Name: Garret Fitzgerald
Party: Fine Gael
Terms served: June ’81-March’82, December ’82-March ’87,
We Irish tend to view our politicians with the mixture of pity, loathing and disgust normally reserved for the kind of people who have to go door to door whenever they move to a new neighbourhood. A big exception to that rule is Garret Fitzgerald. We Irish love us some Garret Fitzgerald. To this day he’s remembered fondly as a man of principle, integrity and humanity and also because in his later years he bore a passing resemblance to Tom Baker.
Not just a politician, Fitzgerald was also one of our foremost men of letters, writing for The Economist and the Irish Times where he was a contributor for almost sixty years. And a great Taoiseach right? Riiiiiiight?
Okay, so a little background. Remember that crazy motherthunderer Liam Cosgrave’s rant about “mongrel foxes”? Garret was one of them, and was considered part of Fine Gael’s liberal wing. Like Cosgrave, Fitzgerald had serious political pedigree from the pro-treaty side of the civil war (his dad fought in the Easter Rising and was later our first minister for External Affairs). Unlike Cosgrave, however, Fitzgerald wasn’t filled with a hatred for anti-treaty republicans so fiery that it could blacken the grass in the fields. Garret was very much a live and let live kind of guy. He came from a Catholic father and a Protestant mother and throughout his life he had a vision for Ireland where all its various traditions felt equally welcome and cherished. This is probably why he is so well remembered now. The Ireland Fitzgerald stood for; secular, progressive and inclusive is very much in, whereas the narrow, rigidly Catholic, comely-maidens-dancing-at-the-crossroads Ireland boosted by DeValera and his successors has almost totally fallen out of favour.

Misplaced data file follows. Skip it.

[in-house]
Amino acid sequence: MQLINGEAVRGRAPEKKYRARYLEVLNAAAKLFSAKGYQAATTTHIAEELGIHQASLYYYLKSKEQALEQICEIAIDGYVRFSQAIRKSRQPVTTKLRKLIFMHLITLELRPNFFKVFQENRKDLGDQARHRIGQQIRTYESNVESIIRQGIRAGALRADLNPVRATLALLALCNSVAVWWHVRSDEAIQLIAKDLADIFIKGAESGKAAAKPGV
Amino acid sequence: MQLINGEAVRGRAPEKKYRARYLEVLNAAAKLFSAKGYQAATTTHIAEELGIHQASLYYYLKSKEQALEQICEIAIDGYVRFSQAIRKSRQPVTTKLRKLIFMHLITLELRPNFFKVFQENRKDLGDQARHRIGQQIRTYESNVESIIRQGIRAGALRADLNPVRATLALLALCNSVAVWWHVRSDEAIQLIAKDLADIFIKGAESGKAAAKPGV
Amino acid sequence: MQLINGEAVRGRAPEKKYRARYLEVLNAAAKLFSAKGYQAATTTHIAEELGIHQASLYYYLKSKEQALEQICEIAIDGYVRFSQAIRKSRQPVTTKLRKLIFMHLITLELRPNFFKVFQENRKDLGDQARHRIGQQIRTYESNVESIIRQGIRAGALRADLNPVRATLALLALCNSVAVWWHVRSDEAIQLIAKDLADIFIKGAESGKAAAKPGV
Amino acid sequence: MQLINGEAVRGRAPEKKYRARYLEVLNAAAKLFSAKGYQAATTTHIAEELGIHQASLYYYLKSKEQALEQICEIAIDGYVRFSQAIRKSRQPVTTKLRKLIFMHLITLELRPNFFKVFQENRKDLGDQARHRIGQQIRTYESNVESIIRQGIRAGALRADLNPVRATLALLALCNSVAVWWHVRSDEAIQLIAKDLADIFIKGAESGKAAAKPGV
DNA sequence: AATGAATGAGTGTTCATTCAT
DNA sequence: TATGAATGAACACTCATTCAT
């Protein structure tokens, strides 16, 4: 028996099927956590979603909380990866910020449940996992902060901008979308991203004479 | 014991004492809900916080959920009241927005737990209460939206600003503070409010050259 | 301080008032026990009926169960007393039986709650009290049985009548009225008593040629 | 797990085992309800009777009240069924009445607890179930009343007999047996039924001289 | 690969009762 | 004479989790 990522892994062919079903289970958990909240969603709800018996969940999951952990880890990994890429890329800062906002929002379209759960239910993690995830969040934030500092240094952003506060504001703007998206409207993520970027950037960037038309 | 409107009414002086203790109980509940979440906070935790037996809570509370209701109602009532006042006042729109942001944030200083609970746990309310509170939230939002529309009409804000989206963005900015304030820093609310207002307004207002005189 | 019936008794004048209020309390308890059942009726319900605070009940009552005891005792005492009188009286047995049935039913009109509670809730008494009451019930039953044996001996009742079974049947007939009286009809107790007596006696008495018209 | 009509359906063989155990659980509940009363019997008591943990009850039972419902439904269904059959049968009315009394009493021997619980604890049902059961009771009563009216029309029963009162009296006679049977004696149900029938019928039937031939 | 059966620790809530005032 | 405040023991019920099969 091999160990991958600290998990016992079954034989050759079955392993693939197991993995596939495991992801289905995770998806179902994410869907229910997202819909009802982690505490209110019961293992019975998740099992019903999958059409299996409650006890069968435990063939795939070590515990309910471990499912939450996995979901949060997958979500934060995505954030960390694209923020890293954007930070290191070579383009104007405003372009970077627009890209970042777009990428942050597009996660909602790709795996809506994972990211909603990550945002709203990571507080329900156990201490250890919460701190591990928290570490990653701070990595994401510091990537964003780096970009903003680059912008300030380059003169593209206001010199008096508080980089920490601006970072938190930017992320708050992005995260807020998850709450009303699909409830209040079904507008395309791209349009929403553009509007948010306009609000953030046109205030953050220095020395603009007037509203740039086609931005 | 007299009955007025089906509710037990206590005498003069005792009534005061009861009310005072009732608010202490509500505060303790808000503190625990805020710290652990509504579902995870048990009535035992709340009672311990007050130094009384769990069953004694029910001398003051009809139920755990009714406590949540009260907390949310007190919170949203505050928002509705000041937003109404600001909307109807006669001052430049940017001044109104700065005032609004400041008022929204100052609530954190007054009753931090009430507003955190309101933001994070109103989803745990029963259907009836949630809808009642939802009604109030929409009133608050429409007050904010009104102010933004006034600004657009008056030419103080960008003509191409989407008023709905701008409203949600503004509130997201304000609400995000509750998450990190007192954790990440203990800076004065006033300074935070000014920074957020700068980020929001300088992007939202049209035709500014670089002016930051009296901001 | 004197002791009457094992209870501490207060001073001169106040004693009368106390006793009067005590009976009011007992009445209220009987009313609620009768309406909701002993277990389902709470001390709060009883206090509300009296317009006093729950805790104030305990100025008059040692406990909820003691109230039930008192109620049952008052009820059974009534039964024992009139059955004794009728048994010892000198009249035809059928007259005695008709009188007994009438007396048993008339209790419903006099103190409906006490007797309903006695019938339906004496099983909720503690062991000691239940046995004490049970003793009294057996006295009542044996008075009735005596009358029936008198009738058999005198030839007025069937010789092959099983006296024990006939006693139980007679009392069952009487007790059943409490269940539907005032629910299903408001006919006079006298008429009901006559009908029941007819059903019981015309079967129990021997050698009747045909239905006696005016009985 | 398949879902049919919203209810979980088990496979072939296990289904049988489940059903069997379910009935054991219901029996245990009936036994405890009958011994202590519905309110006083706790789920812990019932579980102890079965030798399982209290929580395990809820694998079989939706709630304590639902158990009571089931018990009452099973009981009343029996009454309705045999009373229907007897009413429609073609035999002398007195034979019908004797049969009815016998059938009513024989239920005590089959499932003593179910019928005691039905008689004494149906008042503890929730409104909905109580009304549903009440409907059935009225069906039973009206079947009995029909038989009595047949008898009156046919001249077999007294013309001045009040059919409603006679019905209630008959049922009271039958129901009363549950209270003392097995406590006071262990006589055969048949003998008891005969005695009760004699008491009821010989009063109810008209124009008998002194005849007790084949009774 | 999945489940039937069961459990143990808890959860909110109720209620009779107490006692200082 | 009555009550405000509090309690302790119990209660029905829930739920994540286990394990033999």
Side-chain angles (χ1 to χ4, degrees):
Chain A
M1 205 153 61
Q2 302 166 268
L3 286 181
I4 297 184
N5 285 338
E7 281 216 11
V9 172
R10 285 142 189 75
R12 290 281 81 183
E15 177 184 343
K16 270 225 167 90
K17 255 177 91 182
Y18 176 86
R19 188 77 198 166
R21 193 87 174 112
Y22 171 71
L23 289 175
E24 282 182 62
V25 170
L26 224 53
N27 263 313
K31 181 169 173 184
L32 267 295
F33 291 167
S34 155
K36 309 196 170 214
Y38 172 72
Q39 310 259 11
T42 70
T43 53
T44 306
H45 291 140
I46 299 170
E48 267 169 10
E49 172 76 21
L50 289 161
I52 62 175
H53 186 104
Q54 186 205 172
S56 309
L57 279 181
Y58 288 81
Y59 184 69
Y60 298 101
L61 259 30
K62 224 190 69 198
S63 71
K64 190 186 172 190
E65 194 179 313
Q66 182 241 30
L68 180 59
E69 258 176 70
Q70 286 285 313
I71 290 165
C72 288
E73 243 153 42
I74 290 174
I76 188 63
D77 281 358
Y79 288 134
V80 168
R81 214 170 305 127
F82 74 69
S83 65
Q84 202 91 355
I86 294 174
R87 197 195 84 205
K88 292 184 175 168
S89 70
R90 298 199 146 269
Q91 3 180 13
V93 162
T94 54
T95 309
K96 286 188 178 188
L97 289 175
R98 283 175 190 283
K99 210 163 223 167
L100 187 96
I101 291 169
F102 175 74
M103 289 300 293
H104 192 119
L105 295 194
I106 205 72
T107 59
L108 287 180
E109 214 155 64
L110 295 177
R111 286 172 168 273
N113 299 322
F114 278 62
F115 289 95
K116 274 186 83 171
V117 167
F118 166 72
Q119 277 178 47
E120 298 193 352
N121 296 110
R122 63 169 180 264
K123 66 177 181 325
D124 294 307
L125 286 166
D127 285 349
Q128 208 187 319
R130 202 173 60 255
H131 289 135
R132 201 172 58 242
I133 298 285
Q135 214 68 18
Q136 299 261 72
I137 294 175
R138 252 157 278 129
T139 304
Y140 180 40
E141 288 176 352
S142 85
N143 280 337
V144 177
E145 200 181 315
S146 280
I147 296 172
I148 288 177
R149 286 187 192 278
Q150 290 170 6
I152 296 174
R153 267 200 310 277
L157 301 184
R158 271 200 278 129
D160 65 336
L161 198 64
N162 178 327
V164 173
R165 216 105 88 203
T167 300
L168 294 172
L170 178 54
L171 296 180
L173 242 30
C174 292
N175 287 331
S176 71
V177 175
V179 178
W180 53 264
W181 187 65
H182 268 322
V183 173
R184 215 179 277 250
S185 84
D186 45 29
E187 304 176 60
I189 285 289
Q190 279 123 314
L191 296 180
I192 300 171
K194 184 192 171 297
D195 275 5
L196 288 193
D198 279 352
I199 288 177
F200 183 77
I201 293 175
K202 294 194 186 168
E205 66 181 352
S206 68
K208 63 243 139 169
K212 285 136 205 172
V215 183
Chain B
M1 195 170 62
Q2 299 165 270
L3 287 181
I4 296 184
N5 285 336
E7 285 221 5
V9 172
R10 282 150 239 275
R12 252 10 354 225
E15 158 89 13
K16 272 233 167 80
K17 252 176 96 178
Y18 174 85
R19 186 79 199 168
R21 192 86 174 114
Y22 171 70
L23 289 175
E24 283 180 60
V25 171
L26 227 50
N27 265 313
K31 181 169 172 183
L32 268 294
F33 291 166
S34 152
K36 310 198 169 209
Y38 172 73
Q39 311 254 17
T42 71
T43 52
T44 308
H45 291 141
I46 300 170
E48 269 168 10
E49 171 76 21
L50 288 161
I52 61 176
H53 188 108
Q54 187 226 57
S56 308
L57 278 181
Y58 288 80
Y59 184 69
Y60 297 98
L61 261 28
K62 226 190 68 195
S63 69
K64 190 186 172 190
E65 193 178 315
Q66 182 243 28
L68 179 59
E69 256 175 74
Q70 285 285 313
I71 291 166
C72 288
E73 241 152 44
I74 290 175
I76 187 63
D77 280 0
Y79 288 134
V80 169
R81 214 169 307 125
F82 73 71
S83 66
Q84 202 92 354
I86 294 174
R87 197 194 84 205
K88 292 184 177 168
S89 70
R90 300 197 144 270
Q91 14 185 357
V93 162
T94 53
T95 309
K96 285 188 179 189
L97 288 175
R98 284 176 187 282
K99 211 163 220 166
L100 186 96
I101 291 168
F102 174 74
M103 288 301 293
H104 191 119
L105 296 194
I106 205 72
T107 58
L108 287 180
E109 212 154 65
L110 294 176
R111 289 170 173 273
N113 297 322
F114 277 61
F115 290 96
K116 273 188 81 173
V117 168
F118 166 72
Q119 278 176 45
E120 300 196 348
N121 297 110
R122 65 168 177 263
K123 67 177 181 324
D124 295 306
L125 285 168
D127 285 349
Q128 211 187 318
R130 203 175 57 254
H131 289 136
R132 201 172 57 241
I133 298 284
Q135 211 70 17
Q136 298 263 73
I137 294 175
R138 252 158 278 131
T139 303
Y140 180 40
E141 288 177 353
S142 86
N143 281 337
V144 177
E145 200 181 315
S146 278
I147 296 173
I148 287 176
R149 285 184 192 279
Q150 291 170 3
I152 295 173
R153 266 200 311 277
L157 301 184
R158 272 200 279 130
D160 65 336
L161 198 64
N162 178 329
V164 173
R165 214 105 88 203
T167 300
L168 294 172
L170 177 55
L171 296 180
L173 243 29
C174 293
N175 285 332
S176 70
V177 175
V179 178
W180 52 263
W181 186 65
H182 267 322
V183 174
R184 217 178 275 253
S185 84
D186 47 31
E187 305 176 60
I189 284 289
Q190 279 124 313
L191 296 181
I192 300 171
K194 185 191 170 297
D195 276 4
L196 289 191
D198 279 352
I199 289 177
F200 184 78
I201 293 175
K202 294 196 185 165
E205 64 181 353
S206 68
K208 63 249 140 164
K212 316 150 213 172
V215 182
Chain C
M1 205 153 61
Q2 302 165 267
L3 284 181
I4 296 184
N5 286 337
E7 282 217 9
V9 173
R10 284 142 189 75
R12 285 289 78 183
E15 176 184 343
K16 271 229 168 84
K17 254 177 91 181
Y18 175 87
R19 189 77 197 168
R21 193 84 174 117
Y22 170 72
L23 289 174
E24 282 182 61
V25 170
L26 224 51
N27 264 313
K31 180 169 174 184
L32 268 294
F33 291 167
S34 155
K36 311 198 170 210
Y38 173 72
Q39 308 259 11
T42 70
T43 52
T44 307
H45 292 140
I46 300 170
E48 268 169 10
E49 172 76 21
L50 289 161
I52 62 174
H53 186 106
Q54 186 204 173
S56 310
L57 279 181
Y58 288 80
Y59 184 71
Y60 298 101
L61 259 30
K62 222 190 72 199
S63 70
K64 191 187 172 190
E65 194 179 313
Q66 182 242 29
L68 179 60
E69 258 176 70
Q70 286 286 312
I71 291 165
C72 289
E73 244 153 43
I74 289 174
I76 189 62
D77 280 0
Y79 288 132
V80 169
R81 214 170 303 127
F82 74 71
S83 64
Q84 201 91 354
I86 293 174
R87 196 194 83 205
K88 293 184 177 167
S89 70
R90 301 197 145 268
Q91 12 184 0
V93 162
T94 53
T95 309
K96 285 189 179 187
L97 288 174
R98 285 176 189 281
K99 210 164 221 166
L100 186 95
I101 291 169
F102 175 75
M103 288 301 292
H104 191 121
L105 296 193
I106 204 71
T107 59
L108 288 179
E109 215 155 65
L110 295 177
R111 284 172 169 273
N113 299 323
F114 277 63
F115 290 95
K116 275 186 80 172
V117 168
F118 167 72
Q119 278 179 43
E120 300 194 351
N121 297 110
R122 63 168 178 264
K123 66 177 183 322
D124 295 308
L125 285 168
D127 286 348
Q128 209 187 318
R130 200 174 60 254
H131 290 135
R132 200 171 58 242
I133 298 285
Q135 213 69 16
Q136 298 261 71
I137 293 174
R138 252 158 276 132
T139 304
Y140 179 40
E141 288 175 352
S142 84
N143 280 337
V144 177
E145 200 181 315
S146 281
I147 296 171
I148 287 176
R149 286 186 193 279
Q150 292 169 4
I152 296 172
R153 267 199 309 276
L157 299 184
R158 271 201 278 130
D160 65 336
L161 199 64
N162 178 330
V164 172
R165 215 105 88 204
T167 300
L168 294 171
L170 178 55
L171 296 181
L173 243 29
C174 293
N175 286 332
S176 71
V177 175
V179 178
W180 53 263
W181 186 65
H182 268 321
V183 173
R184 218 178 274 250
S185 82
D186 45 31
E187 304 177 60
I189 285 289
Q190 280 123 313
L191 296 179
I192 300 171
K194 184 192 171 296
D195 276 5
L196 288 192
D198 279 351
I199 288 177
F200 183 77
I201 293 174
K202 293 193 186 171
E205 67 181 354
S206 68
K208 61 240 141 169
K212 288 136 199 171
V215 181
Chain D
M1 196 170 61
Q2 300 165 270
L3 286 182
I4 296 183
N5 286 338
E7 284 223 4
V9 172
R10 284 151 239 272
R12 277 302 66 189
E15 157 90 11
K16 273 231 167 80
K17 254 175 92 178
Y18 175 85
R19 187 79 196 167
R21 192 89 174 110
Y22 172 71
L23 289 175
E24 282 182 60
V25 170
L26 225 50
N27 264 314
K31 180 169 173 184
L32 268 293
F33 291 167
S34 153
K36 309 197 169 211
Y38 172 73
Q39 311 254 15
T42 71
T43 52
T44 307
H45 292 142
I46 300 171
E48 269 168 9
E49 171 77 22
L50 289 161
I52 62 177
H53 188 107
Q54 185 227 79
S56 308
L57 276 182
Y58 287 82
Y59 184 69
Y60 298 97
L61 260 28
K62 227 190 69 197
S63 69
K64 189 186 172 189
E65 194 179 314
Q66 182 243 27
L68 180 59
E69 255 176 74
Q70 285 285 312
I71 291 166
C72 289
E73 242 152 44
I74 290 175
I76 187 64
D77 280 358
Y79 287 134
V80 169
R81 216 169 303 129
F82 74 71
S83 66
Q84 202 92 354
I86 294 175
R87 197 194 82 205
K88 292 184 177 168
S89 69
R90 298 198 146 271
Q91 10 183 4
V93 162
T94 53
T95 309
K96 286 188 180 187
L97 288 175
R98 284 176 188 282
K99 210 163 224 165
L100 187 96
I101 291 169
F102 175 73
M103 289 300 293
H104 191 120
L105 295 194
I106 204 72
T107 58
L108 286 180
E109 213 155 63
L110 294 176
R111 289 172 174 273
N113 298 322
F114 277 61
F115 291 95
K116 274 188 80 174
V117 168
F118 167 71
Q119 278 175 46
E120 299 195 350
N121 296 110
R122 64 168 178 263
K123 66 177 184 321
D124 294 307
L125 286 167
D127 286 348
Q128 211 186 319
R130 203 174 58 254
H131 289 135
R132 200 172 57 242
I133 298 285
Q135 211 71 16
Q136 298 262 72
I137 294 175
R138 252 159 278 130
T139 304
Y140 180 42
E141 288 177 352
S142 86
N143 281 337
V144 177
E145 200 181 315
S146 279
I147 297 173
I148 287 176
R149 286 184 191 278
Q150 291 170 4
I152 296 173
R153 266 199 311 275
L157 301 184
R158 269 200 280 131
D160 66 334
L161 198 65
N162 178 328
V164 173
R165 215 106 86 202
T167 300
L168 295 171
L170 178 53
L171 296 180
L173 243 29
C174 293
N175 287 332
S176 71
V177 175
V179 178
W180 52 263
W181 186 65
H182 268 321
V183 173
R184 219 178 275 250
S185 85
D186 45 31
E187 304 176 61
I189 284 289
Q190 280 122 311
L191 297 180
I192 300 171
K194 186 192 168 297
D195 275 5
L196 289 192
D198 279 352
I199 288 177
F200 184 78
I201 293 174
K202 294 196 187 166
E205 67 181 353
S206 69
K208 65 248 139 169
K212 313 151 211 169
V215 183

Despite being considered a vulpine of dubious legitimacy by Cosgrave, after Fine Gael/Labour’s election victory in 1973, Fitzgerald was appointed Minister for Foreign Affairs because he spoke French and ate weird cheeses and the like. Fitzgerald had actually wanted to be appointed Minister for Finance but Cosgrave obviously wasn’t going to trust him with such an important position. Ironically, however, this turned out to be the biggest dodged bullet of Fitzgerald’s career. If you’ve read the Liam Cosgrave entry you know how his tenure as Taoiseach ended; mass unemployment and emigration and a marginal income tax of 77%.
Cosgrave resigned as leader of Fine Gael and Fitzgerald took over, determined to turn that two-bit operation into a three-bit operation. As party leader he was a resounding success, modernising the party machine and greatly expanding its appeal and popularity and by the time the 1981 general election rolled around Fine Gael was fit, ready and hungry for Fianna Fáil blood. Garret Fitzgerald became Taoiseach of yet another Fine Gael-Labour Coalition and was all set to kick social inequality’s ass and chew bubble-gum his complete absence of bubblegum notwithstanding. So what happened?